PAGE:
Esteban Morales Domínguez, Race in Cuba: Essays on the Revolution and Racial Inequality. New York: Monthly Review Press, 2013. 244 pp. (Paper US$19.95)
In sixteen years researching Cuba, I have witnessed how some contemporary Cuban scholars balance academic discourse with political correctness. In Race in Cuba, Esteban Morales fails that balancing act. His attempt to write about race in Cuba while defending the Revolution results in contradictions and inconsistencies as he struggles with admitting the existence of racism while stressing the Revolution’s “magnanimous humanist work” (p. 62). Astute readers will notice the slippery maneuvers of academic and political discourse he makes while deciphering the political contours of discussions of race in Cuba. Morales complains about “insufficient debate on race” in Cuba (p. 81), yet the quick sales of an earlier book he wrote on the subject (2007) can at least be taken to indicate that there is an interested readership for the topic. Race in Cuba includes a preface by August Nimtz and Gary Prevost, fifteen chapters from the 2010 Spanish version, three new chapters, and a glossary for Anglophone readers. Despite the translators’ expressed goal of giving “fidelity” to the author’s voice “even at the risk of repetition” (p. 16), the book suffers from convoluted passages and frequent lack of clarity.
Part of this book’s political agenda involves placing Morales at the center of debates about race in Cuba and showing a subtle disregard of scholarship on race produced outside the island. Foreign scholarship, not incorporated in the text, is merely referred to as “relevant research” (pp. 126, 101), and what Pérez Sarduy and Stubbs (1993:25) have called the “richness and diversity of Cuban writing on race” is neither properly acknowledged nor engaged. Other works on race are relegated to a 26-page review of the literature. Failure to include local and foreign scholarship on race, as well as social scientific literature on racism, results in awkward statements and problematic conceptualizations. For example, while Morales condemns the United States’s “inculcation of American ‘scientific’ ideas of race,” there is no critique of Fernando Ortiz’s ideas on race and crime (pp. 32–33). He also endorses the belief in Spain’s leniency with “cultures of African origin” (p. 120), which is clearly challenged by the history of slavery in Cuba. Morales’s assertion that the “race issue” has received “scant attention” in Cuban history books (p. 126) is problematic. Finally, Morales overlooks Tomás Fernández Robaina’s scholarship on Gustavo Urrutia and gives no attention to open spaces for discussion on race such as the 2002 “Último jueves” meeting organized and published by the Temas collective.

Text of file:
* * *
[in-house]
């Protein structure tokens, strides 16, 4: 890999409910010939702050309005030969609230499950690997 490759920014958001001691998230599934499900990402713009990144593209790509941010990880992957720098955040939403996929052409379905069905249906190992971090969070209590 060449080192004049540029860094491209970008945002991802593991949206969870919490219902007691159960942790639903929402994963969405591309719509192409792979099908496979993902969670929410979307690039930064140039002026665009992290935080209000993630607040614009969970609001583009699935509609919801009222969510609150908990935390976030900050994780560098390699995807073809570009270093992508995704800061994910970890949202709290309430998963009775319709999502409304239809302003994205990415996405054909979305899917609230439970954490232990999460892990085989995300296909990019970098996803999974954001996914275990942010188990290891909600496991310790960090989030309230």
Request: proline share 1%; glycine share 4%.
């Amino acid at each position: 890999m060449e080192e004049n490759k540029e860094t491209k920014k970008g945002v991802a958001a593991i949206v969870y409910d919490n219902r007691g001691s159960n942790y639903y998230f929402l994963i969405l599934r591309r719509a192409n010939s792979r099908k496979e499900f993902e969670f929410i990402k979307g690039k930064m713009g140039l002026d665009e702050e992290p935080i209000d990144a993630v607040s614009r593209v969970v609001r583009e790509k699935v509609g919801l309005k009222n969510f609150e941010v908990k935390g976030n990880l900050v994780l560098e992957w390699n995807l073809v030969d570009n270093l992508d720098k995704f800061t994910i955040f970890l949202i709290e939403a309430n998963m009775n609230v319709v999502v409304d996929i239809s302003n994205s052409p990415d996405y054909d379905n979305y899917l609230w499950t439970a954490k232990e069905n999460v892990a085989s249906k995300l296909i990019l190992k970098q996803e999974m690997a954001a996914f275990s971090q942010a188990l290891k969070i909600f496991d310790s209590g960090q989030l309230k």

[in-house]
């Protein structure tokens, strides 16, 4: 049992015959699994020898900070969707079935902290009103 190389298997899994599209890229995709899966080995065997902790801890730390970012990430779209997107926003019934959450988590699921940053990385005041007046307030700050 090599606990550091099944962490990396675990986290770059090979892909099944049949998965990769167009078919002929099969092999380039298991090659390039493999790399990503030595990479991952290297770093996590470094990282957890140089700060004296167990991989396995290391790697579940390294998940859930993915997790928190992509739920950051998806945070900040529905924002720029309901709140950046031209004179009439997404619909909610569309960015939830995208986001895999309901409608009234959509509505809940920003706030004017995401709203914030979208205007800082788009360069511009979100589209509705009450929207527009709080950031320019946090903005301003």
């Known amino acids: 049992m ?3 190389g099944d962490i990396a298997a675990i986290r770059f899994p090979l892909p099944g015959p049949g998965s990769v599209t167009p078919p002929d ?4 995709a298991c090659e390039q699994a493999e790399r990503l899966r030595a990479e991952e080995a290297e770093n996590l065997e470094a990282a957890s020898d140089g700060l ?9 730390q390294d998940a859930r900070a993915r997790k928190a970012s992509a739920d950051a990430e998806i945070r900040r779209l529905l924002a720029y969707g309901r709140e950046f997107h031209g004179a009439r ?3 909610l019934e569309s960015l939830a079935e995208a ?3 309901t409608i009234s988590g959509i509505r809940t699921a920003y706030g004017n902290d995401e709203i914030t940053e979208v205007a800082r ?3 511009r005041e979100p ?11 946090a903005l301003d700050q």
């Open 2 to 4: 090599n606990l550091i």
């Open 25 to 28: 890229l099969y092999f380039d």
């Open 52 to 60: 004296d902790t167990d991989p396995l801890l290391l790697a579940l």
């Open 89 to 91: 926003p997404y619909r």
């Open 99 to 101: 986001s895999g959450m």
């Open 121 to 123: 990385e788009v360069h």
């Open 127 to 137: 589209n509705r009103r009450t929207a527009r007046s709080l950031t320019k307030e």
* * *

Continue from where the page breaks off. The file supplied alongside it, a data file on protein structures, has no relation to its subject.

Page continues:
Race in Cuba moves back and forth between categorical denials of racism in Cuba and acknowledgments of its existence—an existence presented as “inherited,” “transferred” or “bequeathed” to Cubans from the past and often involving the United States. Thus, Morales’s balancing act involves a contradictory admission of internal problems alongside an assertion that the blame lies elsewhere. He repeatedly claims that “institutional racism does not exist” (e.g., p. 190), but mentions the lack of racial inclusion and diversity in public education and state-control spheres. For him, if racism is “lurking” in Cuba (p. 124), it is to be found in the family, individuals (pp. 20, 63), and “some institutions” (p. 175). Existing theoretical literature on institutional racism would have been beneficial here.
Chapter 3, “A Model for the Analysis of the Racial Problem in Contemporary Cuba” includes little that could be described as either theory or methodology. The “variables” (pp. 43–46) are simply historical periods or combination of words with neither a coherent statement of what relationships they have, nor a hint of solid empirical research to illustrate an argument. Morales’s flirting with affirmative action as an alternative to Cuba’s racial discrimination problems is selective. Chapters translated from the Spanish edition rarely mention it, possibly because of its association with the United States; Morales writes more freely about it in the new chapters for this edition. Despite previous contributions to discussions about race in Cuba, this book presents its author as the official voice over other writers (local and foreign) that have contributed to the discussion in recent years. It opens a window on the politics of race and discussions of it in the island, yet without documenting the “efforts to hush” the discussion (p. 126) or analyzing the official “silence” on race from 1962 to 2009 (p. 87). In what I would like to think were editorial slips, Morales states that Blacks in Cuba have “problems of identity, … tend not to have a recognized history, [and] have a lower cultural level and less self-esteem” than Whites (pp. 24, 177). Such statements would confirm his problematic assertion that “the dominant thinking about race in Cuba today is what the liberals of the nineteenth century took up under the leadership of José A. Saco” (p. 85). One is left hoping that other voices will soon be translated.
Morales Domínguez, Esteban, 2007. Desafíos de la problemática racial en Cuba. Havana: Fundación Fernando Ortiz.
Pérez Sarduy, Pedro & Jean Stubbs (eds.), 1993. AFROCUBA: An Anthology of Cuban Writing on Race, Politics, and Culture. Melbourne: Ocean Press.